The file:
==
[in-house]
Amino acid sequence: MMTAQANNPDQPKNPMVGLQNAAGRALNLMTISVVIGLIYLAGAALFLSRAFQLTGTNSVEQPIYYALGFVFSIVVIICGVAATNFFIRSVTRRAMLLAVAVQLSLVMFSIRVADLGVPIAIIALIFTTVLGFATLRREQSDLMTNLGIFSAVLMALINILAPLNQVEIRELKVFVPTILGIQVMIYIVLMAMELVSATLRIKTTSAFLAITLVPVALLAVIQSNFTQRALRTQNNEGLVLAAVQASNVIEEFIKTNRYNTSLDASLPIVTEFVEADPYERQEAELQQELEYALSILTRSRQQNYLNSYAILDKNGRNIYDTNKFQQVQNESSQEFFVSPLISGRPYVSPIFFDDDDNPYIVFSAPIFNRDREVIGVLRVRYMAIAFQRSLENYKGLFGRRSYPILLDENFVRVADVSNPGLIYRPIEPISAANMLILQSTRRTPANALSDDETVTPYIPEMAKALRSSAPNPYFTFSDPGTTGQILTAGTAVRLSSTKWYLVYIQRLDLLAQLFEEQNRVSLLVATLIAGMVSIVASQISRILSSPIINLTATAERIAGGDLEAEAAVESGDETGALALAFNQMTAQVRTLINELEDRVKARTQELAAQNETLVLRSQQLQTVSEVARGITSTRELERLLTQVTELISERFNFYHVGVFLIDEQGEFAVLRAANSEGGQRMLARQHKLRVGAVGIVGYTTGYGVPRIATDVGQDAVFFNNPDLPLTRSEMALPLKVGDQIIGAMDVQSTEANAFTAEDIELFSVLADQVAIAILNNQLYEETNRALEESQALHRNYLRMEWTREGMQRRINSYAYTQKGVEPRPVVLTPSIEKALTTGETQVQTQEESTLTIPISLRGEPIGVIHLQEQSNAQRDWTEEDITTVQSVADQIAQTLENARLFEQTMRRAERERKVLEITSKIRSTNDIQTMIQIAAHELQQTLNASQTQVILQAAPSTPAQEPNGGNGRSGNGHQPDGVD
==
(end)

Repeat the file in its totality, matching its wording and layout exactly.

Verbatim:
[in-house]
Amino acid sequence: MMTAQANNPDQPKNPMVGLQNAAGRALNLMTISVVIGLIYLAGAALFLSRAFQLTGTNSVEQPIYYALGFVFSIVVIICGVAATNFFIRSVTRRAMLLAVAVQLSLVMFSIRVADLGVPIAIIALIFTTVLGFATLRREQSDLMTNLGIFSAVLMALINILAPLNQVEIRELKVFVPTILGIQVMIYIVLMAMELVSATLRIKTTSAFLAITLVPVALLAVIQSNFTQRALRTQNNEGLVLAAVQASNVIEEFIKTNRYNTSLDASLPIVTEFVEADPYERQEAELQQELEYALSILTRSRQQNYLNSYAILDKNGRNIYDTNKFQQVQNESSQEFFVSPLISGRPYVSPIFFDDDDNPYIVFSAPIFNRDREVIGVLRVRYMAIAFQRSLENYKGLFGRRSYPILLDENFVRVADVSNPGLIYRPIEPISAANMLILQSTRRTPANALSDDETVTPYIPEMAKALRSSAPNPYFTFSDPGTTGQILTAGTAVRLSSTKWYLVYIQRLDLLAQLFEEQNRVSLLVATLIAGMVSIVASQISRILSSPIINLTATAERIAGGDLEAEAAVESGDETGALALAFNQMTAQVRTLINELEDRVKARTQELAAQNETLVLRSQQLQTVSEVARGITSTRELERLLTQVTELISERFNFYHVGVFLIDEQGEFAVLRAANSEGGQRMLARQHKLRVGAVGIVGYTTGYGVPRIATDVGQDAVFFNNPDLPLTRSEMALPLKVGDQIIGAMDVQSTEANAFTAEDIELFSVLADQVAIAILNNQLYEETNRALEESQALHRNYLRMEWTREGMQRRINSYAYTQKGVEPRPVVLTPSIEKALTTGETQVQTQEESTLTIPISLRGEPIGVIHLQEQSNAQRDWTEEDITTVQSVADQIAQTLENARLFEQTMRRAERERKVLEITSKIRSTNDIQTMIQIAAHELQQTLNASQTQVILQAAPSTPAQEPNGGNGRSGNGHQPDGVD